Why use np.log_e() in Lesson 1?


This may be a strange question, and I’m full of those, but is there any particular reasoning to use log_e(x) as “squishing function” in the Bulldozers (Lesson 1+, at RMSLE)? Could you might as well use log_3(x) or log_1337(x) or log_pi(x), or just some other “squishing function”? I’m not asking for this particular problem, since the problem stated that log_e should be used, but in general for future problems.

I may have misunderstood the the point of using RMSLE, but to my understanding its to even out the differences between training results and validation data into a slightly more handleable size.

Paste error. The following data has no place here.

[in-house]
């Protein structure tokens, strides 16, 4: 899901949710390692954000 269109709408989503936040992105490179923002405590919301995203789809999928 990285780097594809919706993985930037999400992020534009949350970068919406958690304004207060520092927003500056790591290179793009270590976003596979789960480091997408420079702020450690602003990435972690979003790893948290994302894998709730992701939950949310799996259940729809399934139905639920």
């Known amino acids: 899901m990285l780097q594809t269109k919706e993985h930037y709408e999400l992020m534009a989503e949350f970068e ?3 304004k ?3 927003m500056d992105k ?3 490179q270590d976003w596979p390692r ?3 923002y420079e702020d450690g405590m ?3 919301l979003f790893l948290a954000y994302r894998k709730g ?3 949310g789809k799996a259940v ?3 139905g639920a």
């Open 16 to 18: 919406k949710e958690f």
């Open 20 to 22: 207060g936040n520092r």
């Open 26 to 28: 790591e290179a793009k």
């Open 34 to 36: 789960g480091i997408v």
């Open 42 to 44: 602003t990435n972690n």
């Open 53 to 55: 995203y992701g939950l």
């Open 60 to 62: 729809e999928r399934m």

Super course and website! Thanks!

Use of log depends on the evaluation metric of your problem. If you check out Lesson 3, there is a discussion about a groceries competition. In there the evaluation metric asks for log_e(x) + 1, hence that is used.

The difference in RMSE and RMSLE is about how the errors are handled. We use RMSLE because it focuses on absolute differences. Using Jeremy’s example - it doesn’t care about 10% difference when actual is 10 and your model predicts 9. But it does care about when actual is a million and your prediction is 900k.

Check this out to see why it would not matter.